Variances of the anterior bellies of the digastric muscles are infrequent, but lately, radiologists and maxillofacial surgeons have drawn attention to their occurrence to evade confusion with anomalous lesions when scanning the floor of the mouth and the submental space .
According to a morphometric study by Zdilla et al.  on 35 specimens, males had longer left-sided muscle bellies. No difference was noted between the length of the muscle bellies and the intermediate tendon of the right and left sides. They found no relationship between the length of the belly and the intermediate tendon . In this study, the males had longer anterior bellies and intermediate tendons compared to the females, and the right-sided posterior belly was longer than the left side.
According to De-Ary-Pires et al. , the classification of the digastric muscle involves unique patterns from A to J. Our specimens were mostly in pattern A, which is the most common variety and is 66% prevalent in the previous study. In the present study, a negative linear correlation was found between the anterior belly and the length of the neck signifying that as the morphometry of the neck increases the anterior belly length decreases. However, it showed a positive correlation with the posterior belly suggesting that the length of the posterior belly increases with an increase in the length of the neck.
In previous studies, ultrasound and magnetic resonance imaging (MRI) were used to measure the cross-sectional area of the digastric muscle. It was found that ultrasound measurements were smaller than MRI measurements by 10%, but the correlations were significant and high, concluding that ultrasound is a viable imaging technique [14, 15].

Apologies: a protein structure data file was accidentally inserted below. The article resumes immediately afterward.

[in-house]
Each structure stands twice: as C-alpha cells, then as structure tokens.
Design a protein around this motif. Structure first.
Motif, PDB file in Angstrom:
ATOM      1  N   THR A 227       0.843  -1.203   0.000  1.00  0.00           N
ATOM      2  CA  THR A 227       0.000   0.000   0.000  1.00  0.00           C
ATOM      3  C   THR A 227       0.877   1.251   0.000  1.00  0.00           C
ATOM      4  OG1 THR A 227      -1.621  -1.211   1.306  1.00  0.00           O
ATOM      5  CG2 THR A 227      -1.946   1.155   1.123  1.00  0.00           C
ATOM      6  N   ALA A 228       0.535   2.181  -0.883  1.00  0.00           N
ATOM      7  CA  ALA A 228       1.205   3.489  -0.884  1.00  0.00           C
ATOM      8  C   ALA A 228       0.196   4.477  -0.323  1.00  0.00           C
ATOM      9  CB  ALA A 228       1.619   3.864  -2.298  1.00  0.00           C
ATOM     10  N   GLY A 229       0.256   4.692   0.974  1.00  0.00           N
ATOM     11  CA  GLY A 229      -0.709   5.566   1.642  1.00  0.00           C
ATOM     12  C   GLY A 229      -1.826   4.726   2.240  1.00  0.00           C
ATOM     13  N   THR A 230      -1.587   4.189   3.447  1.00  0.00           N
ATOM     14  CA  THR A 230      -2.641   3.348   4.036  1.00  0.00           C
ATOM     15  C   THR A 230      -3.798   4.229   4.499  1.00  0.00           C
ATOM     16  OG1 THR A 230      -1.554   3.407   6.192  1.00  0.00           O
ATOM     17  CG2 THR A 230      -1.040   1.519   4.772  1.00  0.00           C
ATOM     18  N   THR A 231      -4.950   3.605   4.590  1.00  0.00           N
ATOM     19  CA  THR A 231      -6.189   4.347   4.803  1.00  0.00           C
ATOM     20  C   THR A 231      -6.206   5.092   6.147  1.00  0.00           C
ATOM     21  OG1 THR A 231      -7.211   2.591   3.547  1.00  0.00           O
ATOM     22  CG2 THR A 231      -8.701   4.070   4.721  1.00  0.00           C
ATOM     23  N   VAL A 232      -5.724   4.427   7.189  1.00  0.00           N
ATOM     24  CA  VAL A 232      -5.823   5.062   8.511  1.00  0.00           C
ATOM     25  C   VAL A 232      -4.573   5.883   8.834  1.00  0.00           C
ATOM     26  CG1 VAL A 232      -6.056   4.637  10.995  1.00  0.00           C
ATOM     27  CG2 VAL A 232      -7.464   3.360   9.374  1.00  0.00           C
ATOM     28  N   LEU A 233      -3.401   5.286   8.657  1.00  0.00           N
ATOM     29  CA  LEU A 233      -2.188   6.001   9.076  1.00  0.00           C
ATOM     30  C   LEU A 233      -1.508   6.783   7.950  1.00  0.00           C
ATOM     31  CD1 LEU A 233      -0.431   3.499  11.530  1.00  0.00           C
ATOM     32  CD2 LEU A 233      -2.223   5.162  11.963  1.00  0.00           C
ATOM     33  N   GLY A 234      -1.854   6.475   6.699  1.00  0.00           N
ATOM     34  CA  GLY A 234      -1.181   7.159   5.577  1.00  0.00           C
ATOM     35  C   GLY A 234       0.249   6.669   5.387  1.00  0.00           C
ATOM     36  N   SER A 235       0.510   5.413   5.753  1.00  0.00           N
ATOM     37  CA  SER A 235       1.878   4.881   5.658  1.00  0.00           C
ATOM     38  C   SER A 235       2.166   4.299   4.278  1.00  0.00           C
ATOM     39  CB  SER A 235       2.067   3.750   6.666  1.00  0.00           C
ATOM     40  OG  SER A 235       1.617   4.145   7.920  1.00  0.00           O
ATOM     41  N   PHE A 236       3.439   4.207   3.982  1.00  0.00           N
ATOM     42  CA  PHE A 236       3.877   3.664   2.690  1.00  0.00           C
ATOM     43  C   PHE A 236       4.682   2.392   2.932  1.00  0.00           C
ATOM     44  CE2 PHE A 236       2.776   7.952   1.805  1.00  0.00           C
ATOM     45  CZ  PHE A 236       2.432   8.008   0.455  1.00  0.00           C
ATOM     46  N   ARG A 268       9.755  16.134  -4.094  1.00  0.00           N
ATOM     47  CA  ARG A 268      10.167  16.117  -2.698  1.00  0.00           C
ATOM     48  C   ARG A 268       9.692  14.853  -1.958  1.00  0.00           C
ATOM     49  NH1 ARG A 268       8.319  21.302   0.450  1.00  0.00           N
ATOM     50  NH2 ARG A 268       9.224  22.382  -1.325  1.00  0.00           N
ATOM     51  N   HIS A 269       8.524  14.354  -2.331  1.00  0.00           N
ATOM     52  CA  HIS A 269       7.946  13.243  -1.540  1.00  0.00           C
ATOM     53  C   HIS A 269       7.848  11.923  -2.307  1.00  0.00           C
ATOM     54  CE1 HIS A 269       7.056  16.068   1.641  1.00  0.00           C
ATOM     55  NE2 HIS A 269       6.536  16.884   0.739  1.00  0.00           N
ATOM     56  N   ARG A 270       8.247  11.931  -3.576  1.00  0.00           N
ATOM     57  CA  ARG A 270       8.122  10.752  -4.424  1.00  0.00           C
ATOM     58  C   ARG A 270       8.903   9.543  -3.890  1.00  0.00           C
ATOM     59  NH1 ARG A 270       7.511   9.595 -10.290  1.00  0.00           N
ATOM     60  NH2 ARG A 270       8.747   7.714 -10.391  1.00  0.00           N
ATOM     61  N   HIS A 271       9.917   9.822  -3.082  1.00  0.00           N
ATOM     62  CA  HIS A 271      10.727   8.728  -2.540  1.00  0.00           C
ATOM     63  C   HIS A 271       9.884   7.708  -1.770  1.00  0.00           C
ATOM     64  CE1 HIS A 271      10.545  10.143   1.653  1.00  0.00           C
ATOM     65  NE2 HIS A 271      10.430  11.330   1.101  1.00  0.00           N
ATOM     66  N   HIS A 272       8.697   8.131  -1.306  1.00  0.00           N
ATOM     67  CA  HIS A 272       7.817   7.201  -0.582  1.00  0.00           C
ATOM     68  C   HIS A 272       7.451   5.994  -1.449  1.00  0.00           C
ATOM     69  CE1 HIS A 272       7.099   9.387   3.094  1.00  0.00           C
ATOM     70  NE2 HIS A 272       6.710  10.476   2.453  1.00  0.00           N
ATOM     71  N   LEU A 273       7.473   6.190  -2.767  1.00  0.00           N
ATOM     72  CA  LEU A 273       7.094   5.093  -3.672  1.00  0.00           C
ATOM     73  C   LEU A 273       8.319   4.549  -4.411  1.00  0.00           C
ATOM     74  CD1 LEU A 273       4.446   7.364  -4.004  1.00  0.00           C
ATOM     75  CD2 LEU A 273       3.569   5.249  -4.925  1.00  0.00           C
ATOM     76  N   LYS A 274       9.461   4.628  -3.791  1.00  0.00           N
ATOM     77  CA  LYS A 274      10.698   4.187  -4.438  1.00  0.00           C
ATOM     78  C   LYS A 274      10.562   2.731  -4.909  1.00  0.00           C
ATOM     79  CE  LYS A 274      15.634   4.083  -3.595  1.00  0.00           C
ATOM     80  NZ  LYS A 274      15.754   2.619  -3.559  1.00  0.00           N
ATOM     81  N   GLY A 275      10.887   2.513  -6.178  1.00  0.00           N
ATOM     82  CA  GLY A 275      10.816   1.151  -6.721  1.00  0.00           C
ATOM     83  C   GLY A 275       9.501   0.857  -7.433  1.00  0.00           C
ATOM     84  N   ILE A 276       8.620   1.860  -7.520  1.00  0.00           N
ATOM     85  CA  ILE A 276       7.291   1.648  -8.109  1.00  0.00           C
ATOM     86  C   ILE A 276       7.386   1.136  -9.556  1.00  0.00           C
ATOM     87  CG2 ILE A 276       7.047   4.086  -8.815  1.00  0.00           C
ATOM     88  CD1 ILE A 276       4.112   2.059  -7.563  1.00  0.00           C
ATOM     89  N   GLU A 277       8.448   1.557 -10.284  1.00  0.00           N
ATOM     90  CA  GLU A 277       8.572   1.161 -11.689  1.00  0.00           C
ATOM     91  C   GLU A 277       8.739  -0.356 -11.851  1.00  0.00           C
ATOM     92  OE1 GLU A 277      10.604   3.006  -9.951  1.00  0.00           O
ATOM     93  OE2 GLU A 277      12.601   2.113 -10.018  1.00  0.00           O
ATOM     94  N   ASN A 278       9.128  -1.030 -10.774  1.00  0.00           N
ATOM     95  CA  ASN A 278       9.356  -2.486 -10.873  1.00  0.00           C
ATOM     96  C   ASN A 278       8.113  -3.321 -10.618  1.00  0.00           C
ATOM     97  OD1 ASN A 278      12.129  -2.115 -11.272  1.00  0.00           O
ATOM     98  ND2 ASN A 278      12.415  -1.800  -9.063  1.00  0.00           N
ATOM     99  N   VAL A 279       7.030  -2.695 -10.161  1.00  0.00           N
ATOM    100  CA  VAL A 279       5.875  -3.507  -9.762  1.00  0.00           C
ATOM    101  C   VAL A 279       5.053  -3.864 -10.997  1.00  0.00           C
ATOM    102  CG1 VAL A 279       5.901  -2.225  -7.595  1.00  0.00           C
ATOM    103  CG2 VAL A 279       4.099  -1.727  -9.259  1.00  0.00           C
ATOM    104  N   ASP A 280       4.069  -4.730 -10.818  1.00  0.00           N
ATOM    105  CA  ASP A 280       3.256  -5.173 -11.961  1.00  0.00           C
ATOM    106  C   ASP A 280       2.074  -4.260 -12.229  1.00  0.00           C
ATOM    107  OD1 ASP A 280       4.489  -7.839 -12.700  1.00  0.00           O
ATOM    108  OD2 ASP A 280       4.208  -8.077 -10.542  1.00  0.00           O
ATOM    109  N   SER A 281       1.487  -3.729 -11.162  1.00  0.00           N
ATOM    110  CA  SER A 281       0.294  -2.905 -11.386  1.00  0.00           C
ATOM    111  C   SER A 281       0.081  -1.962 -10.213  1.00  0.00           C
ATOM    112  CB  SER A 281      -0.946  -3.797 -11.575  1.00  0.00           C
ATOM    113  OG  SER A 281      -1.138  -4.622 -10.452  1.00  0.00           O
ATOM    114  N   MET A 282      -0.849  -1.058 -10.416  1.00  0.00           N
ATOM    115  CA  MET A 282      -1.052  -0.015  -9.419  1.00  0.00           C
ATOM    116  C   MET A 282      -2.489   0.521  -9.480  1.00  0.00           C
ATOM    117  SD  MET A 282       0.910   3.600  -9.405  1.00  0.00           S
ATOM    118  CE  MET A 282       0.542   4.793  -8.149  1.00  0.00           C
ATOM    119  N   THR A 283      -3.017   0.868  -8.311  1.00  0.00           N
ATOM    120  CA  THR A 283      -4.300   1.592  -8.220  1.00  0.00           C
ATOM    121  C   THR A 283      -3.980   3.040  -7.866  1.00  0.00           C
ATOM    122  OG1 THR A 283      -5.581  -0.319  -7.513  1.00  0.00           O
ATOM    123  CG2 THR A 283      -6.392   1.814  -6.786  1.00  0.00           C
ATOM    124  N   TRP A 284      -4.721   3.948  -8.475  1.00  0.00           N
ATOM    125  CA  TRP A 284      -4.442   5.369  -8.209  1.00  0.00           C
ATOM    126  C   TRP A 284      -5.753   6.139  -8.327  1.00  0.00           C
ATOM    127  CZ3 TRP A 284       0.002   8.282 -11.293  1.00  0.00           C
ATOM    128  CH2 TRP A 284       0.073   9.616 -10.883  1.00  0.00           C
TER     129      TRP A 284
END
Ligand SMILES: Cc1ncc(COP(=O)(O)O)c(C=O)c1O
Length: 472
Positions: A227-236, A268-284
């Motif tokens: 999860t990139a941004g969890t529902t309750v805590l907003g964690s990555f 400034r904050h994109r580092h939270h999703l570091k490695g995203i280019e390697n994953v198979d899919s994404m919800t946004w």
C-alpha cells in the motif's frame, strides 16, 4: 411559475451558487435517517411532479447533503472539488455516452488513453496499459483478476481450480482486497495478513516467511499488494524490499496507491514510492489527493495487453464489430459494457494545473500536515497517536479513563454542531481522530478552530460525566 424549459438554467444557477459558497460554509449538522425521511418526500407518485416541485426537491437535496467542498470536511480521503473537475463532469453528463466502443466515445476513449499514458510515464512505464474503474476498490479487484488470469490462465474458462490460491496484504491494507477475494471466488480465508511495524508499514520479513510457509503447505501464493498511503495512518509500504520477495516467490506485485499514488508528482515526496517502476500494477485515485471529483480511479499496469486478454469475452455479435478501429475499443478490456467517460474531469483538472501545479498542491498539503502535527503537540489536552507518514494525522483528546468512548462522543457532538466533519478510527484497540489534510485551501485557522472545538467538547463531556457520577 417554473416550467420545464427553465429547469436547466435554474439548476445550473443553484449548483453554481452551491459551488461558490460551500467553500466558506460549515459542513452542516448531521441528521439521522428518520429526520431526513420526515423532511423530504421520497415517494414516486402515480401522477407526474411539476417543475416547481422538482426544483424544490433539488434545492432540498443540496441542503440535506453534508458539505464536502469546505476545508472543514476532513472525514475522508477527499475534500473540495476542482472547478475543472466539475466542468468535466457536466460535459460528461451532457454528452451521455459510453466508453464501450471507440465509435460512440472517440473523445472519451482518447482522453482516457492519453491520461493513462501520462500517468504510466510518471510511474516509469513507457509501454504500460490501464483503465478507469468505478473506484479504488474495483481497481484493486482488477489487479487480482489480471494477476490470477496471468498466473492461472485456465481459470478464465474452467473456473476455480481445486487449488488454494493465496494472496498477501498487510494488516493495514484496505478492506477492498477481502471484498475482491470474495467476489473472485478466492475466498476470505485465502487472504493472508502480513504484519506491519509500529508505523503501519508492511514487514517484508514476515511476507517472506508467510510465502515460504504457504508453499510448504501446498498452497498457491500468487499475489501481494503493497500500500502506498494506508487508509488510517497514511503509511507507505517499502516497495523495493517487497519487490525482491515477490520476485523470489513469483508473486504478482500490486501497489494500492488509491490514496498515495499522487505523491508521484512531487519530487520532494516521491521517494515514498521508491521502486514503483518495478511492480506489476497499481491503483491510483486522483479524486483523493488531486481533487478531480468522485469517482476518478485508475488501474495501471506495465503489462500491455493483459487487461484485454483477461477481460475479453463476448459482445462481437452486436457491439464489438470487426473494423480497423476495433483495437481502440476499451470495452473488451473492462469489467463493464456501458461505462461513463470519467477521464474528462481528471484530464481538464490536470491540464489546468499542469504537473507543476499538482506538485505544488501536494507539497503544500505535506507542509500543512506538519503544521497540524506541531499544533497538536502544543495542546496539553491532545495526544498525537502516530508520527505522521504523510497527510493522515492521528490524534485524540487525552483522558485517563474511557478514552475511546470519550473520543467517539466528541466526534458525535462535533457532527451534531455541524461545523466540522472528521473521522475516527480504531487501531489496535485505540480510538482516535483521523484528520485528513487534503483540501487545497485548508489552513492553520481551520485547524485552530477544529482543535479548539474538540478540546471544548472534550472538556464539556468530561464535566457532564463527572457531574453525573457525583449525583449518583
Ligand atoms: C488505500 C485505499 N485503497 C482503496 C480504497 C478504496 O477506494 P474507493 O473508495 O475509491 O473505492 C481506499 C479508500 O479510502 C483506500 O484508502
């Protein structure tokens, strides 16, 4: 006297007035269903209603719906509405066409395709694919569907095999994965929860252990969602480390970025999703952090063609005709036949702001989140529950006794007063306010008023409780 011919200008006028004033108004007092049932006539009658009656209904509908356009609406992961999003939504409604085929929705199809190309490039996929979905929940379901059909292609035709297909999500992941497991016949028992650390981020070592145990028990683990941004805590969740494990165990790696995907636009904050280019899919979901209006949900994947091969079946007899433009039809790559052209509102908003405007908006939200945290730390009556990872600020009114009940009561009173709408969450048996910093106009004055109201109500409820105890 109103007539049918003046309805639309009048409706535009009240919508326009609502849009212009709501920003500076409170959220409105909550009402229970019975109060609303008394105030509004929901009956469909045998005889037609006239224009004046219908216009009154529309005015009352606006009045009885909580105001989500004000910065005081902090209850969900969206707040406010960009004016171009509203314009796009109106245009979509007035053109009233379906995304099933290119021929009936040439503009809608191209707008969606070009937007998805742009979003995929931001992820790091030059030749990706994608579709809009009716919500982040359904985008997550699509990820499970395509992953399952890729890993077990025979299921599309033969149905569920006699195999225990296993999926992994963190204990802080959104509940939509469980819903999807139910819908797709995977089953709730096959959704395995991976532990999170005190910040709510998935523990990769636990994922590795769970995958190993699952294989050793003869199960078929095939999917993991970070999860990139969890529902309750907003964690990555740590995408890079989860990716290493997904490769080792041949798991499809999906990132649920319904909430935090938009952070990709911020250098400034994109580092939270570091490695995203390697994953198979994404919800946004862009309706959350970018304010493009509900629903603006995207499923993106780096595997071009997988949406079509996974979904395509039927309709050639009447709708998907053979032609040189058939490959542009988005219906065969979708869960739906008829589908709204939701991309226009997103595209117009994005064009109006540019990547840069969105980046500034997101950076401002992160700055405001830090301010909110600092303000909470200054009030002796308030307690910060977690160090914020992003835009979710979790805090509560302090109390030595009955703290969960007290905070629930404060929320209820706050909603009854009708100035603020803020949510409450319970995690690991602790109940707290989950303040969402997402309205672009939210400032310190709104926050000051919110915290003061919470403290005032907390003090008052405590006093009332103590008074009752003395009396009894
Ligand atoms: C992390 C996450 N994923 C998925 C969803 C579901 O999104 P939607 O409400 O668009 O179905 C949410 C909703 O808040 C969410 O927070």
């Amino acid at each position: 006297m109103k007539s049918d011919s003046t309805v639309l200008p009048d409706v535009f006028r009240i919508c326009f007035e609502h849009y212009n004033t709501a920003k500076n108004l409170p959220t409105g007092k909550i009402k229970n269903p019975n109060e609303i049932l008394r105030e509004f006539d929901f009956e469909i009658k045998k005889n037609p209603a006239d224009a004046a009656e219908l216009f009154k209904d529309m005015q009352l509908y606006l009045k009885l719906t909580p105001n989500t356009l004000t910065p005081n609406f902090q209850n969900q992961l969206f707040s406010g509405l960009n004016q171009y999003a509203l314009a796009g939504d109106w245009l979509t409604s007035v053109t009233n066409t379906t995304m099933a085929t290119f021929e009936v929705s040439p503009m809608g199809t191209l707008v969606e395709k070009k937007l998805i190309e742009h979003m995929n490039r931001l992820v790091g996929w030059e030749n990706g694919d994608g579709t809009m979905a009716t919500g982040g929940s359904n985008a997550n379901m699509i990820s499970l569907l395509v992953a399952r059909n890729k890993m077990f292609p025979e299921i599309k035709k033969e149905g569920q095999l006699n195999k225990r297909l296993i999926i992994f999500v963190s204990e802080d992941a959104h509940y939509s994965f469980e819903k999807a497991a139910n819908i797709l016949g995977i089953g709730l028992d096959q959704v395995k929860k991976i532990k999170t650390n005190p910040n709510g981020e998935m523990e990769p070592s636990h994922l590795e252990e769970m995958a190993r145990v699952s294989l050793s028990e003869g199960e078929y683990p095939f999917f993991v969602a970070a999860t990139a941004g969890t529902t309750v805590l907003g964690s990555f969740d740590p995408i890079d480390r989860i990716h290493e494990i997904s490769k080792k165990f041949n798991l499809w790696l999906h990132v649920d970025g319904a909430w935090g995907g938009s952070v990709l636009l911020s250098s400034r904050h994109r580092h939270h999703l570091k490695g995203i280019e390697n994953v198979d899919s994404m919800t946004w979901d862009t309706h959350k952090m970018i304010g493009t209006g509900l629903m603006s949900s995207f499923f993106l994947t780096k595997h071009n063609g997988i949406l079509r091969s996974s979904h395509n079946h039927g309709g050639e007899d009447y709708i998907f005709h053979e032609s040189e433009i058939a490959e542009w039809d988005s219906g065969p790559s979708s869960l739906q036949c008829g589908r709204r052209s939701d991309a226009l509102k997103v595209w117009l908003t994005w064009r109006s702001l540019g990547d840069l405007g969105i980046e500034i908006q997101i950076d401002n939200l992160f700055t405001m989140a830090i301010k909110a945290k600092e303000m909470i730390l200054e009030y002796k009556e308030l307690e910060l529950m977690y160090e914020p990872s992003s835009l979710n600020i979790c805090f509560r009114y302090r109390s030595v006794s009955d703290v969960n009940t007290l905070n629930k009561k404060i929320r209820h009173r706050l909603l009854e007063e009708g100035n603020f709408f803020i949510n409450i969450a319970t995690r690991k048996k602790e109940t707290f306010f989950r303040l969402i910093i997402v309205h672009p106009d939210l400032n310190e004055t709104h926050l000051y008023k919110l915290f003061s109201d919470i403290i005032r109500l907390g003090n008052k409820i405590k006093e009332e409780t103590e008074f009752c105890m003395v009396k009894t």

A variation of the right and left anterior bellies connected to each other at their insertion on the hyoid bone was found by Kalniev et al. . In addition, a rare variation of four bellies of the anterior digastric muscles bilaterally with variants of the median accessory digastric muscles was found by Ozgur et al. . Two accessory bellies, medial to the two normal anterior bellies of the digastric muscle merge and attach at the mylohyoid raphe were reported by Kyung et al. . A case of three accessory bellies of digastric muscle with one fibrous band was also found to be attached to the mylohyoid raphe .
In a case reported by Singh et al.  the accessory anterior belly of the digastric muscle was present bilaterally. The anterior belly was absent on the right side. The accessory belly was superficial to the mylohyoid raphe on the right side and to the regular digastric muscle on the left side.
Yamazaki et al.  stated an occasion of four additional anterior bellies cases, a slender accessory anterior belly, which has its natural origin, gets inserted into the second anterior accessory belly. It was observed that the right and left accessory anterior belly originating from the mylohyoid raphe inserted into the intermediate tendon, connecting the left intermediate tendon to the right intermediate tendon, a transverse accessory anterior belly.
Holibková et al.  noted the presence of bilateral accessory bellies as the medial and lateral head, the latter of which passed through the intermediate tendon and fixed partially on the hyoid bone. In another case, the asymmetrical anomaly of the anterior belly was observed. The anterior belly bundle from the left side was inserted into the intermediate tendon of the right side and the hyoid bone.